Some readers might recall the source of this infamous confusion. It came from the movie Wedding Crashers. In sales, we mimic this noxious craziness every day without batting an eye. We hire salespeople and drop a heavy quota on their shoulders. We pay them a base salary, and put a chunk of their compensation at risk. Sometimes, we offer bonuses for achieving milestones. Communication, delivered and reinforced through the comp plan. The message? Make your goals! But when sales reps tackle this challenge, we slap them around, and berate them. “Stop selling!” we shout. Yes, you read that right.
Managers, sales trainers, keynote speakers, mentors, coaches, and bloggers pound home the point. Customers pile on too. Here’s a sampling:
I’ll stop here because you get the idea. If the writers who crafted these titles wanted to express slightly more disdain, they’d only need to substitute stealing for selling. Unlike Wedding Crashers, there are no chuckles or riffs of laughter, only dissonance and self-doubt.
How did the once-honorable pursuit of selling become something to kick aside, like an old smelly towel? I don’t know, but it did. Those who advocate “stop selling” offer a rationale: “Customers don’t want to be sold.” A trendy expression, but one that’s illogical. The marketing equivalent of saying the angles in a triangle don’t total 180 degrees. I’ll get to the reasons in a moment.
To be fair, there’s nothing wrong with urging salespeople to engage, listen, innovate, help, and connect. But these activities are part of the fabric of selling, not a replacement for it. Effective selling consists of all the activities involved in acquiring and retaining customers. Yet, that doesn’t prevent sales managers from goading their reps to stop selling. No wonder salespeople are confused.
Stop selling! An innocent participle got hijacked, and stained with the image of the stereotypical aggressive salesperson with his nonstop, jargon-filled product prattle, bad breath, cheap suit, Timex watch, and over-the-top drive to make a buck. That’s unfair. The better message is stop selling the wrong way. Stop selling means quit, which is fine, if that’s what you want your reps to do.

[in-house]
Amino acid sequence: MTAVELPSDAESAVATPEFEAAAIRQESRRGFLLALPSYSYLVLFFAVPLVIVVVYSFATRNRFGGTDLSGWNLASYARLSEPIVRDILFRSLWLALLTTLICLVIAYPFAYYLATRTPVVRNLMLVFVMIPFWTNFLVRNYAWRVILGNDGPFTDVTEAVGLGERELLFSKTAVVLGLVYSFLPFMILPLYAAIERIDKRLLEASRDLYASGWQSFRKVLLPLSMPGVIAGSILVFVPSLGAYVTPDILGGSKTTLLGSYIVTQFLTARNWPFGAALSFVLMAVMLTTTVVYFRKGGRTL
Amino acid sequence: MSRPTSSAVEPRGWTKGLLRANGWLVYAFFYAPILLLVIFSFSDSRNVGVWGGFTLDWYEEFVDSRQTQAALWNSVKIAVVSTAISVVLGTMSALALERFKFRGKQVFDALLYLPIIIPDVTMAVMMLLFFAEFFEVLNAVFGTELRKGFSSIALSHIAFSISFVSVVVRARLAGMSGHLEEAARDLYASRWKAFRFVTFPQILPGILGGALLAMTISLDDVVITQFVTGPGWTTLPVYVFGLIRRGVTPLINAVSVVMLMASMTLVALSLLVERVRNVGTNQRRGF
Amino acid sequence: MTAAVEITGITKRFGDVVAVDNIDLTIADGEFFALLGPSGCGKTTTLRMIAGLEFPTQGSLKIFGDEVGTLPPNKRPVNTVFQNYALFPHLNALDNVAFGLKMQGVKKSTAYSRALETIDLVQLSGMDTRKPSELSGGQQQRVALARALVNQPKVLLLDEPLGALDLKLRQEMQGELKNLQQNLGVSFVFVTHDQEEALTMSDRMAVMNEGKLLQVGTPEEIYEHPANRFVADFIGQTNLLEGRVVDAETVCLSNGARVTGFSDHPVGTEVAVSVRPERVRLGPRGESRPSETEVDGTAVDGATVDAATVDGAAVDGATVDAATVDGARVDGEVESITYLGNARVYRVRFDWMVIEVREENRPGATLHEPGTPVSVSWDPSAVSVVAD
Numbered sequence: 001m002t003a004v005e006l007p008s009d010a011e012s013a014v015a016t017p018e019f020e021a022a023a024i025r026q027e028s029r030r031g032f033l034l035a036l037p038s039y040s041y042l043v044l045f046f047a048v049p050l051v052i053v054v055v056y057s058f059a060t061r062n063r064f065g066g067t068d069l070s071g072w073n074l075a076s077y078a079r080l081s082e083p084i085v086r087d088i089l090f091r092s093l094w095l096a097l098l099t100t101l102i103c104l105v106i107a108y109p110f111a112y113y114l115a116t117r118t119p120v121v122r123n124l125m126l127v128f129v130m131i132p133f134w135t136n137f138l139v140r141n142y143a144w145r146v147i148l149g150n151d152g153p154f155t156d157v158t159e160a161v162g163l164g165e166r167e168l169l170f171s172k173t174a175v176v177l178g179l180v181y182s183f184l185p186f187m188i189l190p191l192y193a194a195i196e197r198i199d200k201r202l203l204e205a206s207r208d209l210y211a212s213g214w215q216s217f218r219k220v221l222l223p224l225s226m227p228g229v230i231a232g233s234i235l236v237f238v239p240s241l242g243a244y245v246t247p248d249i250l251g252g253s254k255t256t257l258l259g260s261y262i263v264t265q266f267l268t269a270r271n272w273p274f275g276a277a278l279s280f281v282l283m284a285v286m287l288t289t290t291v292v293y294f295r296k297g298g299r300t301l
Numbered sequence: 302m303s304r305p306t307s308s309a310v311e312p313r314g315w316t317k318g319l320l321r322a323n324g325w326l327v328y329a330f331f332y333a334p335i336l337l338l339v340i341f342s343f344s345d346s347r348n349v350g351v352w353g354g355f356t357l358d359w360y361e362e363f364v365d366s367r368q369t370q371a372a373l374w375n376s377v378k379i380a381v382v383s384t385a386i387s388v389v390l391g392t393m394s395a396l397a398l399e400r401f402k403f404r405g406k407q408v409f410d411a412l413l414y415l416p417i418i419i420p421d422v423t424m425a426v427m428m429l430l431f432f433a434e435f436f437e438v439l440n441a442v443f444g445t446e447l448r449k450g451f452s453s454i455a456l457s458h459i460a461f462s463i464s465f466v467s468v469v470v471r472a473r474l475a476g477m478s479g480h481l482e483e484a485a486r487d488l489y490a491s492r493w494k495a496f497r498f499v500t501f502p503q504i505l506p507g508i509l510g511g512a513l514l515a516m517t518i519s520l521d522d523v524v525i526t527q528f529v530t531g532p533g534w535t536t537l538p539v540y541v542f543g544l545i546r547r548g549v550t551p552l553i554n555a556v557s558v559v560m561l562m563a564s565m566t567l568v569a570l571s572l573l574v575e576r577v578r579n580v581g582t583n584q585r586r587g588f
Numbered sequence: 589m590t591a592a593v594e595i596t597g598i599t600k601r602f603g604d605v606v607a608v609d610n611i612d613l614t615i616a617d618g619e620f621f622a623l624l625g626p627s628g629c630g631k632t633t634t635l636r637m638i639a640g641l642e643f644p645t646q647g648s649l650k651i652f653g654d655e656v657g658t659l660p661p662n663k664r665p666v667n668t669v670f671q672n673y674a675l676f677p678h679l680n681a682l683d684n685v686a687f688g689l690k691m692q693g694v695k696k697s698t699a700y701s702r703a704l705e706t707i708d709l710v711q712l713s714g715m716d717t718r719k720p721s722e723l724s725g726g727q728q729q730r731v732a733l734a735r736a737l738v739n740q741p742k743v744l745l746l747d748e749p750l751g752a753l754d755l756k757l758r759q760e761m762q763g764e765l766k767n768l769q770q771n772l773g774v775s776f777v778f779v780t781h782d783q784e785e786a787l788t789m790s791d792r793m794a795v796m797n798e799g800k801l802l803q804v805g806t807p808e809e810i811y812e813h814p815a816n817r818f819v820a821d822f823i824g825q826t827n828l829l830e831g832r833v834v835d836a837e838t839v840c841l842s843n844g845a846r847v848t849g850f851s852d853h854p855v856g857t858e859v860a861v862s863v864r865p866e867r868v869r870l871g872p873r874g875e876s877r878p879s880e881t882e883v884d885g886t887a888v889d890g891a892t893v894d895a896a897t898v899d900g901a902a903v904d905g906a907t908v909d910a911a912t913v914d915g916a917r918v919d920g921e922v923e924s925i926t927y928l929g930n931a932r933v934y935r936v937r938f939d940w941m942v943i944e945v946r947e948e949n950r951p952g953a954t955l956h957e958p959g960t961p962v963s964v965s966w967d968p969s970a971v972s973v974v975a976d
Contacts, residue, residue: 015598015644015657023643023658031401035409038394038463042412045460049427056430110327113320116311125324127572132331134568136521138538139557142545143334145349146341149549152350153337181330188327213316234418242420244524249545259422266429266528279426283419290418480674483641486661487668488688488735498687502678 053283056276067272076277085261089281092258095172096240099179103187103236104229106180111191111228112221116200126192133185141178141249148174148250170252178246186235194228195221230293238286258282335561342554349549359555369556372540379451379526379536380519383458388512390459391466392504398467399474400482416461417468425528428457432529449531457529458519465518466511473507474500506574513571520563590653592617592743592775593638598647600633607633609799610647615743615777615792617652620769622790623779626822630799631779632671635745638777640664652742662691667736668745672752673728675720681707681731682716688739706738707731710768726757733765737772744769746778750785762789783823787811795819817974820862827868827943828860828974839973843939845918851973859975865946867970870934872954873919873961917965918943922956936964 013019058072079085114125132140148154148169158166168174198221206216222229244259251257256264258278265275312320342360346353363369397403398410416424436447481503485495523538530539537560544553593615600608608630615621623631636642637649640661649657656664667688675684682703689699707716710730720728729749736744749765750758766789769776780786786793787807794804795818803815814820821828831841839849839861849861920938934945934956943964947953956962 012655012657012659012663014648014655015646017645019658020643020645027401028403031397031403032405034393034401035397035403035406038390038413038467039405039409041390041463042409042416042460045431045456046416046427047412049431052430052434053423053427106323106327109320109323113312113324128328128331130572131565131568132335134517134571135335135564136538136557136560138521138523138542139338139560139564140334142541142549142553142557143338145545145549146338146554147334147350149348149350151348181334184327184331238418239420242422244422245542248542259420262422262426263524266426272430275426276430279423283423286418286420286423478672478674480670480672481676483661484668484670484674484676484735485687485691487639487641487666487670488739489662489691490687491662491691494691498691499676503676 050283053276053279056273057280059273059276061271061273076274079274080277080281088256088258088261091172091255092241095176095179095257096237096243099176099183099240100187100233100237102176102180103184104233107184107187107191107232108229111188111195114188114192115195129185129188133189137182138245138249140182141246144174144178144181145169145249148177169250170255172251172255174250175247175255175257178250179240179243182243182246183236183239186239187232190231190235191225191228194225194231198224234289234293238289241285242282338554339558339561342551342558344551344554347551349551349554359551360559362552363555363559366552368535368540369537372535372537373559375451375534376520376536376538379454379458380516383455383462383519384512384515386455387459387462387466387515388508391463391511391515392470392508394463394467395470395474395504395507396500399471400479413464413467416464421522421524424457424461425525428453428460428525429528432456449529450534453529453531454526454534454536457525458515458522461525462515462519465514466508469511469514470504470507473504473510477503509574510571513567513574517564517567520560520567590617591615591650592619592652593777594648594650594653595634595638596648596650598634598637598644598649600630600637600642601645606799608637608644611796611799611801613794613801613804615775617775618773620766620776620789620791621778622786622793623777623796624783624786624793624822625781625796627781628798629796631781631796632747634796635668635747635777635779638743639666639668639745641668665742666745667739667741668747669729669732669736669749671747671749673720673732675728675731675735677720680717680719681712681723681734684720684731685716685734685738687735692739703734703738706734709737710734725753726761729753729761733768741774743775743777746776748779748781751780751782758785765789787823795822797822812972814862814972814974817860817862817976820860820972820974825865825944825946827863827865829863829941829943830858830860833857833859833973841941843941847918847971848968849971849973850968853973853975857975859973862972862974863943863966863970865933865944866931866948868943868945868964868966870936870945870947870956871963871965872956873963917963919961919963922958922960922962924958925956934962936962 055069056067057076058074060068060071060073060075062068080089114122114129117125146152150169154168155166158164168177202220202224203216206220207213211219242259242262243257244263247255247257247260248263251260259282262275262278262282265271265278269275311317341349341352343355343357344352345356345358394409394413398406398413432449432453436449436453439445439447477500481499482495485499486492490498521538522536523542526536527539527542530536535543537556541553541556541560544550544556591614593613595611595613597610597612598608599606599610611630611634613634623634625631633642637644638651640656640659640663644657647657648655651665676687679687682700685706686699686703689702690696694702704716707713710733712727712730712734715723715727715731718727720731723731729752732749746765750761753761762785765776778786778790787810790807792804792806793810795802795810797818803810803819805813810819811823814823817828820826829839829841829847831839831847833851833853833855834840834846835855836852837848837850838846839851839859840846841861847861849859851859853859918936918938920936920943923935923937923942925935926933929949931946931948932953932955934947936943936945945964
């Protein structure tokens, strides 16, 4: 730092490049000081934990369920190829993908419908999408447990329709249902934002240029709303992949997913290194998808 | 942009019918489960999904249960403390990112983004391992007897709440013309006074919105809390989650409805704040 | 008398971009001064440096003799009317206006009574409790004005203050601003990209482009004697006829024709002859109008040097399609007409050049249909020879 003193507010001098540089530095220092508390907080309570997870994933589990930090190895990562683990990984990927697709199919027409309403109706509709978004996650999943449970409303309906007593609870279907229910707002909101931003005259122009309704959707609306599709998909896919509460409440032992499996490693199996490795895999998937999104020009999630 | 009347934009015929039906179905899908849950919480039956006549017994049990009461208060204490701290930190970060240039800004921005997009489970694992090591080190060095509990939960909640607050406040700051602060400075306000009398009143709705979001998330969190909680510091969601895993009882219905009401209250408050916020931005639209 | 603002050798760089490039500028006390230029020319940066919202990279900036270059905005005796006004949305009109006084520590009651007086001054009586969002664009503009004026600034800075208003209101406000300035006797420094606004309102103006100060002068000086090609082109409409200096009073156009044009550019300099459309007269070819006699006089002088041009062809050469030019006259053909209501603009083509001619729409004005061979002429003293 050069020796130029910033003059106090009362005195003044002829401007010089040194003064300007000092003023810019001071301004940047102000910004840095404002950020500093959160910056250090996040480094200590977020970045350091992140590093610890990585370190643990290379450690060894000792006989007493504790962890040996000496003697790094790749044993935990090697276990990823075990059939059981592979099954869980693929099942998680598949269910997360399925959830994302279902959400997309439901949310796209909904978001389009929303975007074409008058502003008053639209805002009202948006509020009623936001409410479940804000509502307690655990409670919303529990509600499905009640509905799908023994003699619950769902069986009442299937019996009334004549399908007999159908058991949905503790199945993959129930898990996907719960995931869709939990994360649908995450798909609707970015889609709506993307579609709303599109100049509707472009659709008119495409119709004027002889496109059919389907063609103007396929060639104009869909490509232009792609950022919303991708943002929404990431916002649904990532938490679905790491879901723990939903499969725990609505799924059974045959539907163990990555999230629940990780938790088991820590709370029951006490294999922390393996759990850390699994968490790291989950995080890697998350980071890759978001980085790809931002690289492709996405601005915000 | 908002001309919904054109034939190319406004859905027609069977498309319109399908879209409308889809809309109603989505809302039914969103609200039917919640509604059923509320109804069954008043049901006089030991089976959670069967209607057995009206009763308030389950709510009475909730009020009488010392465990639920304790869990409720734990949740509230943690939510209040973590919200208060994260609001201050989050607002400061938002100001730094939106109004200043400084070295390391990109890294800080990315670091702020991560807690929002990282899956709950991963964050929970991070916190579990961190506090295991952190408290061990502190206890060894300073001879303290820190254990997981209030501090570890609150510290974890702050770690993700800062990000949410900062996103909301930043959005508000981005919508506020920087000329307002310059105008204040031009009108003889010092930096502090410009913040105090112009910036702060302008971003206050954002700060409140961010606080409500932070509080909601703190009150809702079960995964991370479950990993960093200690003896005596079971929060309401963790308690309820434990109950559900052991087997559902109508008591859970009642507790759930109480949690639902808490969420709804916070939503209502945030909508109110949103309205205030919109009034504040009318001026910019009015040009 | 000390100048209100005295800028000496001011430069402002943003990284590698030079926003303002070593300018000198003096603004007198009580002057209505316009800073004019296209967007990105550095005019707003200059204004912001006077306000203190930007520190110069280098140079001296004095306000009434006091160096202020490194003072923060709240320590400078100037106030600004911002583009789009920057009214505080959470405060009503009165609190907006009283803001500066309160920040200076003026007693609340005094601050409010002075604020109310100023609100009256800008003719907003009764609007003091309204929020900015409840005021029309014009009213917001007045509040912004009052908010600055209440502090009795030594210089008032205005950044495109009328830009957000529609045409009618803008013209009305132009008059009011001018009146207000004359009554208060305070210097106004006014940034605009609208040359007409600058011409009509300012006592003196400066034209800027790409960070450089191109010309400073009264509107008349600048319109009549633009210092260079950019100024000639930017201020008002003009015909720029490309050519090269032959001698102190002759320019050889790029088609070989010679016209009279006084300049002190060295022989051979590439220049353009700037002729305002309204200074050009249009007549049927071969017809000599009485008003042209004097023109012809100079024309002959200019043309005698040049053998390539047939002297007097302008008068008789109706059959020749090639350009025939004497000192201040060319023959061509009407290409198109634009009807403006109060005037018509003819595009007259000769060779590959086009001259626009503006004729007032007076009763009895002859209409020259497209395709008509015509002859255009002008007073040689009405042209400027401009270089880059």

I would be less irritated by Stop Selling if I didn’t see this message contribute to low morale and confusion. Agreed – great listening skills are fantastic to have. But Job #1 for salespeople is persuasion. That happens through a multitude of activities. Sure, trust building and qualifying make the top of any practitioner’s sales strategy list. But if there are no mechanisms to convince others, to close the sale, to get a signed order, to execute a contract, to eliminate friction from the buying process, or to capture a credit card number or purchase order, there’s no buying. And that means no selling, either.
If you’re reading this article on a mobile device such as an iPad or iPhone, it was likely one that you bought—and Apple sold—through a careful choreography of product development and support, distribution, retail know-how, staffing, supply chain logistics, application development, pricing strategy, point-of-sale technology, and social media. In other words, selling. Par excellence. If you liked the buying experience, chances are that the processes worked synchronously, simply, and securely. You appreciated the delighted feeling you had when you walked out of the Apple store, or when you opened the box.
Your joy didn’t happen by accident. For Apple, Selling is fine-tuned with more pride and meticulous orchestration than most customers will ever know. No bad breath. No self-aggrandizing prattle. Selling—embraced, not expunged. “Customers don’t want to be sold”? That’s surely not what you were thinking when you fired up your newest gizmo for the first time and began using it. Buying and selling are reciprocal. That’s the logical fallacy in stop selling. The notion that customers don’t want to be sold means they don’t want to buy.
Get off the “stop selling!” bandwagon. Instead, urge your reps to stop selling the wrong way. And describe what that means. Or better yet, use that as an opportunity to solicit opinions from your reps. They’ll tell you. Most of all, encourage your team to be proud about selling – not ashamed. I can’t name one company that has ever succeeded without being really, really good at it.
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